Thanks for that link, actually just trying out auto doc as a new place for parts.
I do have long extension bars for my ratchet so will avoid heat.
Was just a thought that once its installed putting the old ones back will probably not look so great or last long time.

Are those a pair or a single item? As can see sub category with steering bellow sets that are not much difference with prices.
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For the price its not worth revisiting the job later on if the bellows start to split, regards the inner track rods, they are tight for a reason, not through corrosion but they have to be tighter than the friction in spinning the rods to get the correct wheel alignment, otherwise the whole unit will unscrew! just take your time when starting the job, and when it's done it will be well worth it. driving around the UK now you need dependable steering and a good braking system to avoid the idiots.
After checking who delivers the auto doc parcels I found that it can take long time to arrive so not ideal for everyone.
So I've ordered else where and when I got a reply back it's only for a single Bellow even though they show two in the image and call the item a set.
I'm not that bothered tho because I am expecting the items to not arrive quickly.
I usually spend a few hours sourcing my spares from various sources both here in the UK and abroad, It pays to shop around and also shop by part number and then cross check and seach again using the item description , it can be a huge difference in price sometimes, perserverence is the name of the game and usually pays off. I am stuck with having to pay top money for a new intercooler as its model specific and not much stock around.:unsure:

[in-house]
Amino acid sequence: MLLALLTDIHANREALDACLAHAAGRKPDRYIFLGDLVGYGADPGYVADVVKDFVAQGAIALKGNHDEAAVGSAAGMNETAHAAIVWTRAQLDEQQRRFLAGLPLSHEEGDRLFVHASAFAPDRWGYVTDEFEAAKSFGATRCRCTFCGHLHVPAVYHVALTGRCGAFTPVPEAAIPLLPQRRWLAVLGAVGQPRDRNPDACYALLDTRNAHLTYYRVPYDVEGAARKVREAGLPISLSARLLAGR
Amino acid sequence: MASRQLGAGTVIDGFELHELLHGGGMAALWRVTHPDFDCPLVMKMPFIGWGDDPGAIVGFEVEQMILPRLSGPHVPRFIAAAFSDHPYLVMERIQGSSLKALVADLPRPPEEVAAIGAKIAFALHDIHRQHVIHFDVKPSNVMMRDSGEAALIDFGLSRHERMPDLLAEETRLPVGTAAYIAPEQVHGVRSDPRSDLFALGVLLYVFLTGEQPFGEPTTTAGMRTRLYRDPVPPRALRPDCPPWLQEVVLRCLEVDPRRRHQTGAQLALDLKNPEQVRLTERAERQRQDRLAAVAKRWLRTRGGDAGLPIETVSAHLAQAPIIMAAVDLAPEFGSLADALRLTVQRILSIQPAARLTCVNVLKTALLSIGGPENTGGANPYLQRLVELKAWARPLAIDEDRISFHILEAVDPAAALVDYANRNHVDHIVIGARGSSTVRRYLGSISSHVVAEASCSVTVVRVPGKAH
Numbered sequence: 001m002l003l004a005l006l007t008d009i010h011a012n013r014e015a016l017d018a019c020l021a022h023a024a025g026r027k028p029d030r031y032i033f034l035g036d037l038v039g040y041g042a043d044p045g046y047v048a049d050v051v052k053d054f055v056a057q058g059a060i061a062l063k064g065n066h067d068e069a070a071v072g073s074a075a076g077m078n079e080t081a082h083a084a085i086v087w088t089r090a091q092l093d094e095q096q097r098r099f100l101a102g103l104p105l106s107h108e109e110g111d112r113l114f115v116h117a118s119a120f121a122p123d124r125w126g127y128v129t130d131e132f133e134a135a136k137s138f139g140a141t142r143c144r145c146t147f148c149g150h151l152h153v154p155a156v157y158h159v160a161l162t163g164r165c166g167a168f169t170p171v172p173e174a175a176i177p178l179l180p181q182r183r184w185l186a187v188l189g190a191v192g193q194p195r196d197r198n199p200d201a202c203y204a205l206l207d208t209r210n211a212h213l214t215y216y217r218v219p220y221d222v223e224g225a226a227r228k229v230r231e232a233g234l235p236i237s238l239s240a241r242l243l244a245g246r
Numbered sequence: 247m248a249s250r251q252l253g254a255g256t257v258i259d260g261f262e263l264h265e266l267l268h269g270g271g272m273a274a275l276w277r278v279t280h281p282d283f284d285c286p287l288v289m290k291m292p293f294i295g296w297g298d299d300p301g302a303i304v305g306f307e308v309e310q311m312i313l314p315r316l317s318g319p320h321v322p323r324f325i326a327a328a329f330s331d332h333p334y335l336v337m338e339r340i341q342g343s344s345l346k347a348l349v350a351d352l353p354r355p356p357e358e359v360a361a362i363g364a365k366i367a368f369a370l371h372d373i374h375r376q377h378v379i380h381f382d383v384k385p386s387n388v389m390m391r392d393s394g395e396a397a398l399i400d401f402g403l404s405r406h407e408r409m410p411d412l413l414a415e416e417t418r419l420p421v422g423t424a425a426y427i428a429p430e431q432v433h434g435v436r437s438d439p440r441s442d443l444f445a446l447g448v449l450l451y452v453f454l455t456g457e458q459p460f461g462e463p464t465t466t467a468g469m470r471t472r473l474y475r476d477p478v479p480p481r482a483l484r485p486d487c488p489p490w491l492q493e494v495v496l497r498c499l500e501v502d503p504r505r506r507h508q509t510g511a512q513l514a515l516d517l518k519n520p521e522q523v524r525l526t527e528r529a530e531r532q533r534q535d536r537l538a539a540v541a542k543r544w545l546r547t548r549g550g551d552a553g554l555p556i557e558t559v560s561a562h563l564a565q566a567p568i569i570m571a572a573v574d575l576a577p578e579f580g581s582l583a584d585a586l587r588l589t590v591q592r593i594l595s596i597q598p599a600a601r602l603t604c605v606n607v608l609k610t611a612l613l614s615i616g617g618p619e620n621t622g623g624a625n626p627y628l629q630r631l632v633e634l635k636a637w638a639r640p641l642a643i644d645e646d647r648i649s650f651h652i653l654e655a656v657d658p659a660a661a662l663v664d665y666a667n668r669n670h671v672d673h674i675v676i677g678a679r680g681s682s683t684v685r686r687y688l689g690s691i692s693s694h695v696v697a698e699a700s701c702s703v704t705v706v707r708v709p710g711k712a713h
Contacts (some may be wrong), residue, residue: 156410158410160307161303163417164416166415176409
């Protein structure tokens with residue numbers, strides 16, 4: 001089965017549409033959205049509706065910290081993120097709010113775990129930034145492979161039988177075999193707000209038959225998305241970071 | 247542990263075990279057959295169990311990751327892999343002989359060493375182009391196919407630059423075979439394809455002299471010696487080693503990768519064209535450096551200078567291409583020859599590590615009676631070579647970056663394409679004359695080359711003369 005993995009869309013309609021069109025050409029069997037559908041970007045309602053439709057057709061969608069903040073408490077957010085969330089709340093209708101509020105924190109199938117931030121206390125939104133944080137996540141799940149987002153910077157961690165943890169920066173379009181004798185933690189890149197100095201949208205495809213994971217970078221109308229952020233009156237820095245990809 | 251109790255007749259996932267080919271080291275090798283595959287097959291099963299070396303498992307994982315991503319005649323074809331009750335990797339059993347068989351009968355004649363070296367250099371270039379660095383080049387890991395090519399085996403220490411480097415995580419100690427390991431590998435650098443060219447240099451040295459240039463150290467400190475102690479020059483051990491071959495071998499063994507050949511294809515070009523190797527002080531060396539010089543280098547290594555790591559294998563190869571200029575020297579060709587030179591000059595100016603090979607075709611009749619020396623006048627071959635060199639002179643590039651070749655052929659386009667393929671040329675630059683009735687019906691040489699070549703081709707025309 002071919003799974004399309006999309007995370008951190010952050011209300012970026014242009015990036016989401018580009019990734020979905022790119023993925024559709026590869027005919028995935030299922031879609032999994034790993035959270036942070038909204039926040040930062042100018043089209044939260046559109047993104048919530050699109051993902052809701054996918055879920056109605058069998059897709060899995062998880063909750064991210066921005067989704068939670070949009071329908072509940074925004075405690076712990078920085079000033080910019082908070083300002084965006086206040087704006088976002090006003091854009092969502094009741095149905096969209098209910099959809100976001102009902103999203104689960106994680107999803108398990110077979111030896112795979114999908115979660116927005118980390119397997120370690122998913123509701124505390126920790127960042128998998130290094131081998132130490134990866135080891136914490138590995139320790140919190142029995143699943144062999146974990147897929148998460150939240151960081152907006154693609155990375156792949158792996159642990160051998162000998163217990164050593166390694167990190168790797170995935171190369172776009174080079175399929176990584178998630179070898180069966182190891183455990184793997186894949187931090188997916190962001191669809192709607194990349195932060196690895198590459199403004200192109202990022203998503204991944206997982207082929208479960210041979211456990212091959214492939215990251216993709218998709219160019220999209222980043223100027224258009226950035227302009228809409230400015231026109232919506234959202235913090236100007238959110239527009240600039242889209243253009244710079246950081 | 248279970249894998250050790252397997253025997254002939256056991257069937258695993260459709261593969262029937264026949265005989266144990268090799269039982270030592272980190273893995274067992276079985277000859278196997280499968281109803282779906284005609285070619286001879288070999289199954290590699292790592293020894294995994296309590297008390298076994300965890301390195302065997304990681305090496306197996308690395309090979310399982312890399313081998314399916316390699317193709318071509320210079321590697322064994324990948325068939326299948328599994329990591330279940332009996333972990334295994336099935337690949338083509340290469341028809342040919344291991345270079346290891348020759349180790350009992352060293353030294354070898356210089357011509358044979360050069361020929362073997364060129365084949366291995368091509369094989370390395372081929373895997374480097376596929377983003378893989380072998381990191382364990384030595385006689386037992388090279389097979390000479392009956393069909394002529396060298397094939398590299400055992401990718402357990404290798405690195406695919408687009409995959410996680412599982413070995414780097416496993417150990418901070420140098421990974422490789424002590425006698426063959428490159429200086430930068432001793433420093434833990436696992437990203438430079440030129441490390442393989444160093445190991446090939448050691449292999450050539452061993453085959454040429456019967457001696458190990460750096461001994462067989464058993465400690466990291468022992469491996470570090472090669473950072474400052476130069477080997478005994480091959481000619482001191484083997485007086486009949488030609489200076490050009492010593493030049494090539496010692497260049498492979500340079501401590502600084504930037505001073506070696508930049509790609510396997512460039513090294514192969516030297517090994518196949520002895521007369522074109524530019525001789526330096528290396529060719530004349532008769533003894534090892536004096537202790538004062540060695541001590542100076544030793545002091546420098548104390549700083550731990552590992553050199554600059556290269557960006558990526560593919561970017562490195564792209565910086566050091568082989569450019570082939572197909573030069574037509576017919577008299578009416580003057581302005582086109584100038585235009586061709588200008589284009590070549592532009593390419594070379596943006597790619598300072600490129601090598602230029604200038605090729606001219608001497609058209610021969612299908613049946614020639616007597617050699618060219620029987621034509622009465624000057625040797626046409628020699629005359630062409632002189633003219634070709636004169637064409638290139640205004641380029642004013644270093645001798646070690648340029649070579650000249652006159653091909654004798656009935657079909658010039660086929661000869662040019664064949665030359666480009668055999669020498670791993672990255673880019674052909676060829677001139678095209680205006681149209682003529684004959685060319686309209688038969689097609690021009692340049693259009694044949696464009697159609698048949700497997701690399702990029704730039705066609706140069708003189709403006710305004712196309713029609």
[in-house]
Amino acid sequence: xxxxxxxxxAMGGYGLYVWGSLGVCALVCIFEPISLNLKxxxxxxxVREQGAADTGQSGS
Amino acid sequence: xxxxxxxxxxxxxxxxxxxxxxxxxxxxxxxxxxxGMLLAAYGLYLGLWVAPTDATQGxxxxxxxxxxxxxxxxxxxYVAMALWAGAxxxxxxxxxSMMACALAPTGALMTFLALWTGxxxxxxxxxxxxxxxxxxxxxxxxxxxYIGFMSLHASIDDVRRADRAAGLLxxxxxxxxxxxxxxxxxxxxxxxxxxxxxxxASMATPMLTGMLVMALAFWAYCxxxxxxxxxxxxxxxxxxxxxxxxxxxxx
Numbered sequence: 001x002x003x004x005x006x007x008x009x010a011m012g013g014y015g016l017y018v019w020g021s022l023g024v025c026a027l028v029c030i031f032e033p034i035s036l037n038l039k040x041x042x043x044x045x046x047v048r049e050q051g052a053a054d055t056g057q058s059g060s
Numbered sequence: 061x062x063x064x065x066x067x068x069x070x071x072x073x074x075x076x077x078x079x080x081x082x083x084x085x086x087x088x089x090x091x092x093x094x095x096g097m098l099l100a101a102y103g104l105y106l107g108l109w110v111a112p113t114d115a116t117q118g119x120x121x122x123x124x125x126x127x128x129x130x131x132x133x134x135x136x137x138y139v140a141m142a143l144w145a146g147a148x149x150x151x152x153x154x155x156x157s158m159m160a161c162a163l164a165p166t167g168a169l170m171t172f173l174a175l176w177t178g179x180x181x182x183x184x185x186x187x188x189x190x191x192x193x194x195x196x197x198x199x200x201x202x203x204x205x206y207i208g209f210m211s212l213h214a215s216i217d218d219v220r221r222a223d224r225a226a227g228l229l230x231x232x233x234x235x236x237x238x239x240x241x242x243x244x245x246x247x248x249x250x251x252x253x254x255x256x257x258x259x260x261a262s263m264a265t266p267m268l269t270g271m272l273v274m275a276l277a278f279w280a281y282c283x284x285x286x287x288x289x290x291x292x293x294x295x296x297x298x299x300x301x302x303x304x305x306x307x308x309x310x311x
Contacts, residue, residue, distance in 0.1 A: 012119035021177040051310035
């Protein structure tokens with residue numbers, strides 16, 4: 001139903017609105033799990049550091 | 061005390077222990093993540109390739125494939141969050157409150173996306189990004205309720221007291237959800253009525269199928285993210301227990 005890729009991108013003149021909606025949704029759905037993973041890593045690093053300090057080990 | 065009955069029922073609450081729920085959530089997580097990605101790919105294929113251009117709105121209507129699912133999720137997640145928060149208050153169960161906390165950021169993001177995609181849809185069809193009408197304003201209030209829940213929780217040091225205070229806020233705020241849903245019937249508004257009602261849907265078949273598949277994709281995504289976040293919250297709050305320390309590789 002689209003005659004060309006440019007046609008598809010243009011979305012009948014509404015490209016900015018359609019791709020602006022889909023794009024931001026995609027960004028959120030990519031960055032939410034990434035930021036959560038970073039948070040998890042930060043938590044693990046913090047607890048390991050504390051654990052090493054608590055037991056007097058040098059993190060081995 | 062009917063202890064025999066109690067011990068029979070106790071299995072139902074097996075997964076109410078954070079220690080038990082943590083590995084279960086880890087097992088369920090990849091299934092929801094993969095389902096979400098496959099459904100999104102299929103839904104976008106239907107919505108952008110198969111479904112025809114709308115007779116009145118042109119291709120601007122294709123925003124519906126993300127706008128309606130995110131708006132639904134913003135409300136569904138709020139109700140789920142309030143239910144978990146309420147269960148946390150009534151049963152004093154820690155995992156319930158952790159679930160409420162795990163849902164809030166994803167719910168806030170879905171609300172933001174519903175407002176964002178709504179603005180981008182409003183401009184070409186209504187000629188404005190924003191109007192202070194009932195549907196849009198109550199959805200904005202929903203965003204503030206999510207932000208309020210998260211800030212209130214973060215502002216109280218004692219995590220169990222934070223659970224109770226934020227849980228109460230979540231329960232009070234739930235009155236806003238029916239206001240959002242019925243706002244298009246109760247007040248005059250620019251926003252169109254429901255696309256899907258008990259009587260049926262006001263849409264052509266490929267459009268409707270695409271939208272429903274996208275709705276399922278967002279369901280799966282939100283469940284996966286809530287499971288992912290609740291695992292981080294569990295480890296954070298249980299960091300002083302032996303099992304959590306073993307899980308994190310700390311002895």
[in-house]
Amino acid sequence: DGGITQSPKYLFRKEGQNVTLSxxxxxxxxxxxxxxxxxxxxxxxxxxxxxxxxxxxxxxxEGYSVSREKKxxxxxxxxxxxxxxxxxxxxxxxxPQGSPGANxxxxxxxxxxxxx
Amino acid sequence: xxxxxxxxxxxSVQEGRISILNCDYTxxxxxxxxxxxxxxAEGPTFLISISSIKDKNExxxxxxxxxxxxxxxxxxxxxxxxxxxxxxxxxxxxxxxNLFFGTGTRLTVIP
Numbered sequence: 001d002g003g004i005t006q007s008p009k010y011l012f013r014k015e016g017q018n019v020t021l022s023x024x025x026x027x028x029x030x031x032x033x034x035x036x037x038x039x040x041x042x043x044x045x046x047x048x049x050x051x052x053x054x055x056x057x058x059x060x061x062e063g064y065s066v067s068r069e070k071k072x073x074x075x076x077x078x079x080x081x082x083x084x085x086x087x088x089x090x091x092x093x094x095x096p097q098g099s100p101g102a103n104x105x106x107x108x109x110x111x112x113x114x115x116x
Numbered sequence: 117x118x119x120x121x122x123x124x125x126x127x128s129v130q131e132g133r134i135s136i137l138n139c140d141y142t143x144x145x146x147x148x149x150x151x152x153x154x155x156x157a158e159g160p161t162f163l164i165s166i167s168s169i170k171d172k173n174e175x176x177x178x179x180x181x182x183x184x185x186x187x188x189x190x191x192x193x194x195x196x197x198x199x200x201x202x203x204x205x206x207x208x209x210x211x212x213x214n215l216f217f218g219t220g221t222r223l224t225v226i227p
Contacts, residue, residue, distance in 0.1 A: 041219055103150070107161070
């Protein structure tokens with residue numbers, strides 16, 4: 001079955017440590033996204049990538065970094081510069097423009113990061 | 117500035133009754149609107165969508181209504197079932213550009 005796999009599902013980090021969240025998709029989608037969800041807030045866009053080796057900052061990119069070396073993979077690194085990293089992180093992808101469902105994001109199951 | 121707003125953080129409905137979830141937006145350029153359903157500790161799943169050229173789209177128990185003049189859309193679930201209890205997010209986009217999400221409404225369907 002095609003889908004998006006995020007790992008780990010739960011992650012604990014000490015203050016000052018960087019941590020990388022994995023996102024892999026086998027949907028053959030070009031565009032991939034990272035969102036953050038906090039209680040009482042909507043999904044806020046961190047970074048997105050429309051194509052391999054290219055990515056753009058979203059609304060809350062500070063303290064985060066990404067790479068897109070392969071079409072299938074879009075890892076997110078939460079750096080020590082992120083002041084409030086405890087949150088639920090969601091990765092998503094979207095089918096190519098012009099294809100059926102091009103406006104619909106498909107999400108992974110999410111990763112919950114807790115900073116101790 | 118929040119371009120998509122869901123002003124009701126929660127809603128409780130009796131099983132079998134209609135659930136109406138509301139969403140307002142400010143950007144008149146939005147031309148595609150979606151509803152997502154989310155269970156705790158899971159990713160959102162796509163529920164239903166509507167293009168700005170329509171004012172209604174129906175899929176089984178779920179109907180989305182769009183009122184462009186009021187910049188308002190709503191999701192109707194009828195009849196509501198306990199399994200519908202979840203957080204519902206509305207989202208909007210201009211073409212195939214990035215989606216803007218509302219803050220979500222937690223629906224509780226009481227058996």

I initially thought its 8 pound postage again. The part does not weight up for that amount. Would have worked out about similar price for both either way.
Can see that auto doc is a good company tho. They insures the contents while the other place I was shopping with before sent me the dented exhaust mid pipe. Couldn't care much that I was disappointed.
Does the dci micra have an intercooler I thought those are on the large Isuzu off roaders.
The sports diesel is a turbo charged beauty, hence its needs a intercooler to cooled the forced air from the turbo as this is driven by exhaust gasses which heats up the air and is no good for efficient combustion.I have toyed with aftermarket intercoolers which are more cost effective, but as i am putting the car back to stock for better MPG I want the engine to run as effecient as possible.
Yes you have to be careful with some sellers out there it a minefield, I usually keep to a list of responsible sellers for most consumable parts, to avoid incidents like your exhaust.
Would a renault or other type intercooler be compatible?
My thought on that you might find a low milage breaker that would sport the part you wanted and still be in good condition.
Just a thought they probably won't fit or are same prices as what you have seen.
I know that anything water cooled gets expensive once was working with that in a desktop pc and the pumps are ridiculously priced for what they do.